With details about the new collective bargaining coming out now (just ahead of the National League MVP announcement, by the way, because that’s just how Bud Selig rolls), I’ll be spending the holiday boning up on the changes and, come Monday, you can expect a lot of posts about how the new agreement will affect baseball and the Yankees in general, but for today, the short version is: it sucks. Let’s count the ways:
- The biggest changes are to the treatment of amateur players, and the top line analysis here is that I felt like vomiting as these details were released. They’re that bad.
- For all the union’s talk about viewing hard-slotting as a salary cap, they basically just agreed to hard slotting. The so-called tax on over-slot spending appears, at first glance, to be so punitive and kicks in at such a low level that, for all intents and purposes, teams are almost never going to go over slot.
- Spending on international free agents will be capped at $2.9 million, which is an absurdly low amount.
- Draft picks will only be allowed to sign minor league deals, and teams will apparently be prohibited from signing them to MLB deals. On the plus side, this is an area where I think draft eligible prospects might actually have grounds to sue MLB, but even then I don’t think it will have much of an affect.
- In a paean to small markets, the ten lowest revenue teams will get extra draft picks each year. Well, six of them will, and they’ll be selected by a lottery. No really, I’m not making this up, this is the boondoggle Bud Selig has turned the draft into.
There’s some other details, but these are the big ones that stuck out to me. Suffice it to say, this is a truly terrible deal, basically the worst case scenario and then some. It’s a horrible deal for amateur players, and will certainly push a large amount of them to college, and a fairly substantial number of young athletes to other sports altogether. In Latin America, the incentive for MLB teams to invest in developing new talent is gone, and you can expect a noticeable drop off in the talent level coming from that avenue, probably pretty soon.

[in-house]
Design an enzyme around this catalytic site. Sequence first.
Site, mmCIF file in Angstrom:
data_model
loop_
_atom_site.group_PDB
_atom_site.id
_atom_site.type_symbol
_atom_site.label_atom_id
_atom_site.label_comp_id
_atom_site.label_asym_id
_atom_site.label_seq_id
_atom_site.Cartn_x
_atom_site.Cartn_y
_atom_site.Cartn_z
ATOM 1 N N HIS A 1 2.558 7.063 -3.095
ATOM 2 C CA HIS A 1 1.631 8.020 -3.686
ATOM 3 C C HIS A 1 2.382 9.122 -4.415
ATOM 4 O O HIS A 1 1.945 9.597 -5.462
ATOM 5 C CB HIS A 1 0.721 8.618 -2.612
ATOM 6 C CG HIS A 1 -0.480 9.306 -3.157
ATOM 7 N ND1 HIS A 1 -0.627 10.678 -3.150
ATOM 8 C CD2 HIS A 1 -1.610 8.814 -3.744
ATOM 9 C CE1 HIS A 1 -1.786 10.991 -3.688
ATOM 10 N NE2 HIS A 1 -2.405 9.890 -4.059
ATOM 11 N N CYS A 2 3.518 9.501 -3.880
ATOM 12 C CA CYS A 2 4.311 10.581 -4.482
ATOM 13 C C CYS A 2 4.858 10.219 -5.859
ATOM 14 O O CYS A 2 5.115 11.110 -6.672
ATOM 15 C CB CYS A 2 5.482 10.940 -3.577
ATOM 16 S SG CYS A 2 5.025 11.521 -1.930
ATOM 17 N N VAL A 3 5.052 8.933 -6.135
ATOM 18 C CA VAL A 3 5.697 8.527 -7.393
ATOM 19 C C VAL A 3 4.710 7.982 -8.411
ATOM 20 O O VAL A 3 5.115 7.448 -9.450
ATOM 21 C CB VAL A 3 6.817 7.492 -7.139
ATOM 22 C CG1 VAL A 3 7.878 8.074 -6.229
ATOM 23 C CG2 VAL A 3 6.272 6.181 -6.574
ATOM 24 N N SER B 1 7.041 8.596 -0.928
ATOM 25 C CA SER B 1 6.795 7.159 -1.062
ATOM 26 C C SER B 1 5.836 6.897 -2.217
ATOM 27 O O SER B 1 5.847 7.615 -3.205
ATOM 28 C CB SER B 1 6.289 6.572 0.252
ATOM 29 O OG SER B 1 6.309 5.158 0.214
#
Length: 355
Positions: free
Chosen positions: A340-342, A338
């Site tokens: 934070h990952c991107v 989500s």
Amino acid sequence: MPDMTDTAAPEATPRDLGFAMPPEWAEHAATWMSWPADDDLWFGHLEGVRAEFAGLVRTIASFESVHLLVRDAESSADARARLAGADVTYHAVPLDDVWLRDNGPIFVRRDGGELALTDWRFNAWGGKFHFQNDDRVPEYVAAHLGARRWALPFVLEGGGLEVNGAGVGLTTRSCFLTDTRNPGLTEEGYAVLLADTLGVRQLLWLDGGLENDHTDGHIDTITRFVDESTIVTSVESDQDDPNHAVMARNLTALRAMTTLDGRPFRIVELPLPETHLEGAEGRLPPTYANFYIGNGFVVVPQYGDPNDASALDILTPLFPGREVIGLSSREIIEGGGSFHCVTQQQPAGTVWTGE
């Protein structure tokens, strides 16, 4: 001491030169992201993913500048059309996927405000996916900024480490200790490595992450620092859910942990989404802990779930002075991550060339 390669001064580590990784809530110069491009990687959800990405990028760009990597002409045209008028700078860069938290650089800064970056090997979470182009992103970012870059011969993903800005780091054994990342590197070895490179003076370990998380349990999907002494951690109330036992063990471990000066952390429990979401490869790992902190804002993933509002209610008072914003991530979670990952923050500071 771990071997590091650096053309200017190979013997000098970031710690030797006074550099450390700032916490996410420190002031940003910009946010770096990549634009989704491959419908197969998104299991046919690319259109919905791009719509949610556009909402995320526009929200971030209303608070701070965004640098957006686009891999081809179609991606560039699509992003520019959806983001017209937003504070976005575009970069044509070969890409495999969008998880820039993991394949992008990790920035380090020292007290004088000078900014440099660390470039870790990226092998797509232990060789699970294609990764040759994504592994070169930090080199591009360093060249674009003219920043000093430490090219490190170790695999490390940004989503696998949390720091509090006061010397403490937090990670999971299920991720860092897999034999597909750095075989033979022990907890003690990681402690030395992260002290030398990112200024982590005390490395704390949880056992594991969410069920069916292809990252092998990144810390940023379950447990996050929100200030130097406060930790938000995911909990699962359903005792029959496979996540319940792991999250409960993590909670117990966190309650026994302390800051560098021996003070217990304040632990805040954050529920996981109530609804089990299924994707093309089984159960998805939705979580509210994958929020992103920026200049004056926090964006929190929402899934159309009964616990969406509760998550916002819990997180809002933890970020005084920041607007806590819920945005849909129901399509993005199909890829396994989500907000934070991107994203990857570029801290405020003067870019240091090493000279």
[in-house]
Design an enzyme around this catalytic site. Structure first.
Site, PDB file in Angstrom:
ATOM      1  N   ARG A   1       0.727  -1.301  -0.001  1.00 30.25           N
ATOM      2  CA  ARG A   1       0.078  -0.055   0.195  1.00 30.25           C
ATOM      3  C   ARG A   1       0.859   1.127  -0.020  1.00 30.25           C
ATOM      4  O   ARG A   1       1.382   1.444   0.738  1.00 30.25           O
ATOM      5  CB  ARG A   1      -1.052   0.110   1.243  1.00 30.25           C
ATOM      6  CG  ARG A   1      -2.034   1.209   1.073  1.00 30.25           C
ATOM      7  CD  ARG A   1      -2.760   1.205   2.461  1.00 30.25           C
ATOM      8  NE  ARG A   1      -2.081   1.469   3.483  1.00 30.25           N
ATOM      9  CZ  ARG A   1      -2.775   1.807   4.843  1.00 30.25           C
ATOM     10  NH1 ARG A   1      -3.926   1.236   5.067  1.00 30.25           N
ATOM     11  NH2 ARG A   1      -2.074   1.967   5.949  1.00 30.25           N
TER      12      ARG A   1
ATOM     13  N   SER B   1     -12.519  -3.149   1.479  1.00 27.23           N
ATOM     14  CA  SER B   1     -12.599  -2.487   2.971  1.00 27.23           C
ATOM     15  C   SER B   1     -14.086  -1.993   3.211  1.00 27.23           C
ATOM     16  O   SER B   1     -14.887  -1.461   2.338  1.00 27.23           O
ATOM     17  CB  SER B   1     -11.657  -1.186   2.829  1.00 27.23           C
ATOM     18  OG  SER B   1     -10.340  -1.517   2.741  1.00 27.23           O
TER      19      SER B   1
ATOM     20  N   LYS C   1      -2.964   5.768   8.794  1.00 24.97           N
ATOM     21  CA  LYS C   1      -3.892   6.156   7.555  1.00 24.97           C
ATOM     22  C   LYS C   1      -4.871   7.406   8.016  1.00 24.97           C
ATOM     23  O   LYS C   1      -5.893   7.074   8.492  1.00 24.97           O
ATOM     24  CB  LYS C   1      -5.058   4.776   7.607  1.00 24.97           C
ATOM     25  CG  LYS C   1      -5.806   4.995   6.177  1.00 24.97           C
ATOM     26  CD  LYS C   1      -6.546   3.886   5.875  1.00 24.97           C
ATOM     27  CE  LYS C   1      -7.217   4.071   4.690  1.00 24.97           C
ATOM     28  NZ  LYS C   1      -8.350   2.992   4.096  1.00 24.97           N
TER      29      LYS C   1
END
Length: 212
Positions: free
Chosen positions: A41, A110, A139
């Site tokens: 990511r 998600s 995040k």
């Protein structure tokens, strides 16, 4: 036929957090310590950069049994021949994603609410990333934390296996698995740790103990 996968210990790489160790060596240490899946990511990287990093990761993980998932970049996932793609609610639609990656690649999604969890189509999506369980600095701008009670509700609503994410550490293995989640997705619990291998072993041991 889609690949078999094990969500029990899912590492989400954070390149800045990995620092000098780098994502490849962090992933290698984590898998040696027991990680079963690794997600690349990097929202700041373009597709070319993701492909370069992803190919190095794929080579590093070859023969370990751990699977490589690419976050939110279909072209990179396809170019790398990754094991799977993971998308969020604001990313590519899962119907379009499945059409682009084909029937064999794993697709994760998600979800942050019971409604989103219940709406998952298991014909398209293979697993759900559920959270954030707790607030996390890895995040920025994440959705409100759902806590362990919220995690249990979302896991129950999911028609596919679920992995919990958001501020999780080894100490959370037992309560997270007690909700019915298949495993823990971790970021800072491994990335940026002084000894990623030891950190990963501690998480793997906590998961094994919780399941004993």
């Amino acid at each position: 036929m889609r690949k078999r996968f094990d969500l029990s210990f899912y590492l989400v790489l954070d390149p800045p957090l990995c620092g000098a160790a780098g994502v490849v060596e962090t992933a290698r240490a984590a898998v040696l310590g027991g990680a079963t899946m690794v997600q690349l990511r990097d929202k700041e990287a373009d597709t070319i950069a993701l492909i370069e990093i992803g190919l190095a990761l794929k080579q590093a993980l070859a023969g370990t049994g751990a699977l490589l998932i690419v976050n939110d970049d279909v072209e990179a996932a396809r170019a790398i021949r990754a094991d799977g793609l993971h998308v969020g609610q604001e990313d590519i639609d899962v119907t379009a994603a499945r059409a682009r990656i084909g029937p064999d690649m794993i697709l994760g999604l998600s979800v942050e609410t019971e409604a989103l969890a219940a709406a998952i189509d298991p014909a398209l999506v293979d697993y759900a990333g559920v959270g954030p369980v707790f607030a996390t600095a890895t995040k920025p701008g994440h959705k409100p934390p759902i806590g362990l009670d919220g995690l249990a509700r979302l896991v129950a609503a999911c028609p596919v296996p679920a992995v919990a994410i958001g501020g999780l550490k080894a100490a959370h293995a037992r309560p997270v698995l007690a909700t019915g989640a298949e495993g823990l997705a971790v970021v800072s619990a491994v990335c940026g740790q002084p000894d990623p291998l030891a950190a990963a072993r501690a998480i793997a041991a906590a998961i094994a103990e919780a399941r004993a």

The MLBPA has sold out amateurs, full stop. The assumption, of course, is that they’ll be able to claw a lot of that bonus money back in the form of increased major league salaries, but they’re in for a rude awakening. Once you get past the money paid out to the biggest prospects, the total amount of draft spending just isn’t very high, and absent a hard salary floor that money simply isn’t going to flow back into major league salaries. Even if a handful of teams do reallocate the money in that direction, most owners will simply pocket the money rather than give it to a utility player or middle reliever.
On a micro level, this deal is a huge win for the Yankees. The new rules will put a premium on being able to acquire quality major league talent, and no one can do that like the Yankees. Amateur spending is an area where smaller market teams can outspend the big boys while, in nominal dollars, still not spending very much, and that lone advantage is gone now. The Rays seem to be particularly screwed, as I just can’t see how they’re going to continue to acquire talent, short of a massive increase in ticket sales in the near term.
As I said, I’ll have much more after the holiday weekend, but for now you’ll have to excuse me. Bud Selig just said “competitive balance” again, and that is officially my stomach’s breaking point. Continue reading The new CBA is terrible